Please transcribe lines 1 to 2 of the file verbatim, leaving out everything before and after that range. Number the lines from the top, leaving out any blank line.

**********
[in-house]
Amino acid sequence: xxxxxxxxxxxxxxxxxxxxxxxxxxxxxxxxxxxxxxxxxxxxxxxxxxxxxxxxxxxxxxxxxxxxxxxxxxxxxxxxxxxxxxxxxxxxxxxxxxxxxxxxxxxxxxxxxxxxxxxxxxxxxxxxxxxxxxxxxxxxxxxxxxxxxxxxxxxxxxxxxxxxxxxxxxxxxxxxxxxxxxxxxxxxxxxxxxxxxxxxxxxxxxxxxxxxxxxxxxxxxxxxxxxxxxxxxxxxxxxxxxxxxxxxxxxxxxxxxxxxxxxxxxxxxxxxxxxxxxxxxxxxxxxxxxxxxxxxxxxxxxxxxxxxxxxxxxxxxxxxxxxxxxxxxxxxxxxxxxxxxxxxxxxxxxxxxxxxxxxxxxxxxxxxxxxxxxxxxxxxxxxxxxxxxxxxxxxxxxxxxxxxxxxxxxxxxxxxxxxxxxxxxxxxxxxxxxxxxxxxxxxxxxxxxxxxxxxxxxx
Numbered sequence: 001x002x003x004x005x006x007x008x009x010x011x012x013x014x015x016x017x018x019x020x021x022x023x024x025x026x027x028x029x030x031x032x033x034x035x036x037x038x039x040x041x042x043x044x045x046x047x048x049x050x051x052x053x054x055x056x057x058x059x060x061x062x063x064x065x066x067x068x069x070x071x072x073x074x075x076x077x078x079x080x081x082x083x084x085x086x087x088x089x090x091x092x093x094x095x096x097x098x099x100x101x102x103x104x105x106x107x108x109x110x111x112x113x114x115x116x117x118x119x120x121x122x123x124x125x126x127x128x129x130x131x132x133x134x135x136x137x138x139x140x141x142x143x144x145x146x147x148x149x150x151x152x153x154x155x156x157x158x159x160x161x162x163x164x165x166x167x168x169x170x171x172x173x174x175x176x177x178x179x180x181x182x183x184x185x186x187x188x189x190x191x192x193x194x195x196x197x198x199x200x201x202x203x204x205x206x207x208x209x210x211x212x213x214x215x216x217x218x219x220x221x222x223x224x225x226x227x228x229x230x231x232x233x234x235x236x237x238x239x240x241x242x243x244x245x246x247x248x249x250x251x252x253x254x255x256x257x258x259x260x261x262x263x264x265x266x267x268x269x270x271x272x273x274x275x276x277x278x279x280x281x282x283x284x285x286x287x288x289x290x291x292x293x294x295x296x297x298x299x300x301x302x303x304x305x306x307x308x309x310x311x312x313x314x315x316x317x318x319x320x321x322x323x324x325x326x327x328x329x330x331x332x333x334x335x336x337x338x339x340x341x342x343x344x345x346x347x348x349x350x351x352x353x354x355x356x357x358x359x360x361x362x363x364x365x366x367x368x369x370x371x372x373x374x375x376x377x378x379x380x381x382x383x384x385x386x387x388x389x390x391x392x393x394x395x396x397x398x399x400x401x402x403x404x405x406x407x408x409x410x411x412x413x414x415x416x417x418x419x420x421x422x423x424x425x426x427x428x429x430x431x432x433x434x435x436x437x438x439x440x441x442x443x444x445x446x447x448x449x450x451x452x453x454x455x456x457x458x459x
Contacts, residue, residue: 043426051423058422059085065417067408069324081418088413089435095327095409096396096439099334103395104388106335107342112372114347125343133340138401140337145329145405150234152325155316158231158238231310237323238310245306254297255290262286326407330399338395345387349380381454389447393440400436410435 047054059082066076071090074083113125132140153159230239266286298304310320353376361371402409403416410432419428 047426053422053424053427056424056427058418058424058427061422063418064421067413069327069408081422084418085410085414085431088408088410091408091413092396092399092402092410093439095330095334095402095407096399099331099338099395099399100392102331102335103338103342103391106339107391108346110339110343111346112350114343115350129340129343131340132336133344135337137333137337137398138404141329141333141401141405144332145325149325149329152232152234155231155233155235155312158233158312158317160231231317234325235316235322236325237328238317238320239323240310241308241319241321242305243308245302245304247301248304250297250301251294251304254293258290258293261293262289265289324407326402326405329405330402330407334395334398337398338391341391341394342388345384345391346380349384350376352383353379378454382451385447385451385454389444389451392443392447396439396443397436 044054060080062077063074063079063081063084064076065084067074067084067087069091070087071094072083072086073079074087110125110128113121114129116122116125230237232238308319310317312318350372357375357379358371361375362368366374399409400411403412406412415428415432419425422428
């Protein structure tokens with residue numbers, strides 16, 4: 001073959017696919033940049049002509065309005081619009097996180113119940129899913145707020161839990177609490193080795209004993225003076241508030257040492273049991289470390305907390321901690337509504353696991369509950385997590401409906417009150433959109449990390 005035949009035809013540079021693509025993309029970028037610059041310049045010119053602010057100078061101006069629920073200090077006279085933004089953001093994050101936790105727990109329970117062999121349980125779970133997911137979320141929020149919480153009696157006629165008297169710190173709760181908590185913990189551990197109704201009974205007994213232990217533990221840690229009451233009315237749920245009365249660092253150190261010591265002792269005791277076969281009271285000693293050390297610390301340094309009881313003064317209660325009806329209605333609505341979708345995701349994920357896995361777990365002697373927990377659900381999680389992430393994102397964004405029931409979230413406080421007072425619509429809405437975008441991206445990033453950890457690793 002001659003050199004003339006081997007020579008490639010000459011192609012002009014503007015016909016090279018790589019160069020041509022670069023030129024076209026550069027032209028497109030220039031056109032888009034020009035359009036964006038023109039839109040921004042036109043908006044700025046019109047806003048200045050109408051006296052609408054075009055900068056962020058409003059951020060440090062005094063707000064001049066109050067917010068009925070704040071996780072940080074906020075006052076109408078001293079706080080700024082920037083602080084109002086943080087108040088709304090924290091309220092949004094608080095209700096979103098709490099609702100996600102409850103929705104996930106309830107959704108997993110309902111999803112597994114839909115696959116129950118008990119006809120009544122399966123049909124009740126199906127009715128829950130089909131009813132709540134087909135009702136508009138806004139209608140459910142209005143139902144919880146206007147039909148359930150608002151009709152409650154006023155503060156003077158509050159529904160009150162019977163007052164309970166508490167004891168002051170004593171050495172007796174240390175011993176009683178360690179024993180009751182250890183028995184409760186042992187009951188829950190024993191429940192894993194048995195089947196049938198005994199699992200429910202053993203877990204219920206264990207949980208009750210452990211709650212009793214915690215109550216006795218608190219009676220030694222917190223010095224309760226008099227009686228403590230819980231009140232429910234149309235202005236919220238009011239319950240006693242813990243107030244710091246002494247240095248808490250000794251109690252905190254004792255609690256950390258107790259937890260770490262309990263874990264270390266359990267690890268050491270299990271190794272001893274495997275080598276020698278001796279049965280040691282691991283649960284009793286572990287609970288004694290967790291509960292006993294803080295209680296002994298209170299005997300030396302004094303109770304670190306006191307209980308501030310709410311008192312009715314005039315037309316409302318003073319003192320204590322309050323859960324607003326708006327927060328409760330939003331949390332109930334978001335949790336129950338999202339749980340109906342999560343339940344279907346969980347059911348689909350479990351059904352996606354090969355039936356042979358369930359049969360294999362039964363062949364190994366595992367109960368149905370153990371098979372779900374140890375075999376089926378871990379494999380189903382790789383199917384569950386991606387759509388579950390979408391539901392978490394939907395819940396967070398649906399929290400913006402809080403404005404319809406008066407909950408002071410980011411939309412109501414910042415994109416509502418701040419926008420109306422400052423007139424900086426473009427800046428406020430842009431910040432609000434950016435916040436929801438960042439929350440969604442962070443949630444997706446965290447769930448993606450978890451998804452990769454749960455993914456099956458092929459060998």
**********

[in-house]
Amino acid sequence: xxxxxxxxxxxxxxxxxxxxxxxxxxxxxxxxxxxxxxxxxxxxxxxxxxxxxxxxxxxxxxxxxxxxxxxxxxxxxxxxxxxxxxxxxxxxxxxxxxxxxxxxxxxxxxxxxxxxxxxxxxxxxxxxxxxxxxxxxxxxxxxxxxxxxxxxxxxxxxxxxxxxxxxxxxxxxxxxxxxxxxxxxxxxxxxxxxxxxxxxxxxxxxxxxxxxxxxxxxxxxxxxxxxxxxxxxxxxxxxxxxxxxxxxxxxxxxxxxxxxxxxxxxxxxxxxxxxxxxxxxxxxxxxxxxxxxxxxxxxxxxxxxxxxxxxxxxxxxxxxxxxxxxxxxxxxxxxxxxxxxxxxxxxxxxxxxxxxxxxxxxxxxxxxxxxxxxxxxxxxxxxxxxxxxxxxxxxxxxxxxxxxxxxxxxxxxxxxxxxxxxxxxxxxxxxxxxxxxxxxxxxxxxxxxxxxxxxxxxx